High Dynamic Range shooting and processing is absolutely ideal for bright, sunny conditions where you lose details and where your image loses quality. You can have a potentially amazing composition of an amazing subject, but if your image is clipped or your shadows are hiding awesome details, then you’re letting your image down straight from the get-go. That’s what I’m trying to tell you, though—it doesn’t have got be that way! There are people out there who are still put off by HDR’s history of being a bit too “in-your-face-surreal,” but it’s just not like that anymore. Well, not unless you want it to be!

Any excuse to show goats in a tree! The three bracketed shots here are blended to keep the look as realistic as possible, with no high saturation and no surrealist look

When you shoot with your iPhone, turn on HDR or use Auto-HDR on a sunny day to capture well-balanced images, and when it comes to your DSLR or other camera make sure you know how to shoot bracketed images. Over on KelbyOne.com, you can learn all about the specifics of how to merge your images using different techniques that give different results, and I urge you to start doing it now that the sun’s back out!

Much love

Dave

Hey hey! It’s #TravelTuesday and, here on Scott Kelby’s Photoshop Insider, that means I’m back again! I’m Dave Williams, a travel photographer, and educator from London, UK, and this week I’m going to share what I’ve learned about using the power of Instagram to build your photography client base.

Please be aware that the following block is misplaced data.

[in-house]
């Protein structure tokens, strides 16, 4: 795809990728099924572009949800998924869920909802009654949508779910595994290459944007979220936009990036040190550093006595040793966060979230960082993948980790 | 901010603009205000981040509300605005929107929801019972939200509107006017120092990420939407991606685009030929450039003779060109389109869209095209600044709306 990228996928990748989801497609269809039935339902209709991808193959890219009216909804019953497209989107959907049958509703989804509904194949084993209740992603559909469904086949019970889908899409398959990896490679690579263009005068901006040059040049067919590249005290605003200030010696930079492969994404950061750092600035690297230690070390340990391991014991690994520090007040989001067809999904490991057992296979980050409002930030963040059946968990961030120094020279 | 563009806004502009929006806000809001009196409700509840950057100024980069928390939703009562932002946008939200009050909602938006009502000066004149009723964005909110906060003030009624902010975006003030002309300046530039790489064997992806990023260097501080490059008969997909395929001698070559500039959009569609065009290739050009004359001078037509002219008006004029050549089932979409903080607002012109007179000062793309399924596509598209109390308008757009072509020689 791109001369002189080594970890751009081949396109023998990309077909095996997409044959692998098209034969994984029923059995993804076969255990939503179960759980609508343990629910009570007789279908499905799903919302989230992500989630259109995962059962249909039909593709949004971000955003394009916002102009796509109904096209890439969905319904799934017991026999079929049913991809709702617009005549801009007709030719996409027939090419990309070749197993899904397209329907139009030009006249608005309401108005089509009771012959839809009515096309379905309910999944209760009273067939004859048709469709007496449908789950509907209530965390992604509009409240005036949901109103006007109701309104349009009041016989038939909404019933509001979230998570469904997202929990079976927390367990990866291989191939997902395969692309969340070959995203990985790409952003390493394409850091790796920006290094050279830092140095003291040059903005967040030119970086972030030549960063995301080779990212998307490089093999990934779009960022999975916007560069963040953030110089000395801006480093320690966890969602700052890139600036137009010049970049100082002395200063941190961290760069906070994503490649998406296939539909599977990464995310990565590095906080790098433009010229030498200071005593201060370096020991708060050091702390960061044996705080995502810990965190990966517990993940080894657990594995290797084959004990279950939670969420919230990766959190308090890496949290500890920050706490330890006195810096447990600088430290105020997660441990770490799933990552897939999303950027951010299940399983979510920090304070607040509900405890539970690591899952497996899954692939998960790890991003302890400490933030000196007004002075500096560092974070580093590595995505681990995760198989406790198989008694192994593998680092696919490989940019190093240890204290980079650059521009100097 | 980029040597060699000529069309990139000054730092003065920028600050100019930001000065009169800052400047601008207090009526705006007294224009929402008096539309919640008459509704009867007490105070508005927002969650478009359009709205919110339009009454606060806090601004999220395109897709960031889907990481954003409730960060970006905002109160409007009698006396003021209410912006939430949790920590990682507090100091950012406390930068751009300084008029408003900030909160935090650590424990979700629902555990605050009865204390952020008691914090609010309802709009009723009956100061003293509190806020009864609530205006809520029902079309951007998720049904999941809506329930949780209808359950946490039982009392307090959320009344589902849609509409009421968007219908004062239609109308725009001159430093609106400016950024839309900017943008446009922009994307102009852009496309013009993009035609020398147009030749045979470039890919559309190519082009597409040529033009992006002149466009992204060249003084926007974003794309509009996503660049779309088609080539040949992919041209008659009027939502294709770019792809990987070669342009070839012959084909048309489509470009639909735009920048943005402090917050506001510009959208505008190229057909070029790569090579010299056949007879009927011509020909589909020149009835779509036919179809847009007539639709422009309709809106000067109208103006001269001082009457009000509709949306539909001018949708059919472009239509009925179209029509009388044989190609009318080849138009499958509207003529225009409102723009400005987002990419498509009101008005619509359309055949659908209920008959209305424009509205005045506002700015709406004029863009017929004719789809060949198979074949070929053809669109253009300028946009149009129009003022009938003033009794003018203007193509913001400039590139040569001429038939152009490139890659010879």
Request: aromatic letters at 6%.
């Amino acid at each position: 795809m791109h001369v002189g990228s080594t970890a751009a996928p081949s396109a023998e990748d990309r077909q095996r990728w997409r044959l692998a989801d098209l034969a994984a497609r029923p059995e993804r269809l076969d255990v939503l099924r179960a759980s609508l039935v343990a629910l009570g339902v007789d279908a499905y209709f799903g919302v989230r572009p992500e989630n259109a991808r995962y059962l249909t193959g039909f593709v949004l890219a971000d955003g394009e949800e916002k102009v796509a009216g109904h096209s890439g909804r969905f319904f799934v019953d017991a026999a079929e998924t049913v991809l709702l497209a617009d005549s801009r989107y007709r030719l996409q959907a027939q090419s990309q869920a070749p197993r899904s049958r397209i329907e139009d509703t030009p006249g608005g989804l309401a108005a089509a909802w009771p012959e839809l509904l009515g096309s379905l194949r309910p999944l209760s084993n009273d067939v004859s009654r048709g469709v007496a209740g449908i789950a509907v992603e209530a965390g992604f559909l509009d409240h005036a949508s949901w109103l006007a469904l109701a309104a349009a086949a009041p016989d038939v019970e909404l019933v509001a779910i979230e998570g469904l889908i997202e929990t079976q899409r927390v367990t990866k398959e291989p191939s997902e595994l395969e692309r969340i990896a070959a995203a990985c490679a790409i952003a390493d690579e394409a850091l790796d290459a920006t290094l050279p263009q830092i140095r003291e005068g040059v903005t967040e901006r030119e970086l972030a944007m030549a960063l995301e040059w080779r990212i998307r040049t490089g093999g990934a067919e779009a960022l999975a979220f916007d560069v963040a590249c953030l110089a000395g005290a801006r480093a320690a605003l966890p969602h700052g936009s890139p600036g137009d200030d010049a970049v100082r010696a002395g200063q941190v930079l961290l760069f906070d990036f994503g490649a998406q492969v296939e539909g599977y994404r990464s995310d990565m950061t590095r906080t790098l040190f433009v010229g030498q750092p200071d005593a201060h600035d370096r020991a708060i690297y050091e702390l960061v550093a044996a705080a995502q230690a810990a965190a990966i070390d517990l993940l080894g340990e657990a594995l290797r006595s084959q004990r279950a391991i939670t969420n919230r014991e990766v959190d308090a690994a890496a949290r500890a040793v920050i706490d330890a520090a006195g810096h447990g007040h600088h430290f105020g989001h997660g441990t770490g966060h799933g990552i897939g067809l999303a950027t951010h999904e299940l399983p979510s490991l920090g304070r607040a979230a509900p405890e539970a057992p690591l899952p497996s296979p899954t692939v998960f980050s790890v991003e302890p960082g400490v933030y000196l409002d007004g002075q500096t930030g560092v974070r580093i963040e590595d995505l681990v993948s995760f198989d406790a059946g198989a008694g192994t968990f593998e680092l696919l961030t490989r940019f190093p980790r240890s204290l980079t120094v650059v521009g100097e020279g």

We know that Instagram is jam-packed with images and videos, and we know that the new algorithm is geared toward paid promotion. We also know that Instagram Stories are a key part of getting yourself seen. But, knowing that, it’s still a big platform for building clients and is a powerful marketing tool in itself, even a money spinner all on its own.

So, there are some guidelines that we should follow to help maximise our reach. Big corporations are paying people as full-time social media managers, and it’s these corporations who we need to have on board and who we want to notice us. We want our Instagram accounts to attract new customers, connect with other professionals, and to expose ourselves to the world!

We all love a list, and here’s my list of top tips for working Instagram the right way: –

1. Hashtag Your Posts

On all social media now, Facebook included, hashtags are a search term. There are hashtags out there which relate to places, to products, to moods, to companies—literally everything. When we post to Instagram, we can include up to 30 hashtags each time, either in the post itself or in the comments. Tagging your posts with relevant hashtags is a great way to get noticed by having them searched effectively. Bear in mind that there are hashtags which are just totally overused, so while it can be good to use these popular hashtags, they are actually very competitive, and you’ll quickly get lost in the feed. So, to combat that you should also use non-generic tags.

2. Connect!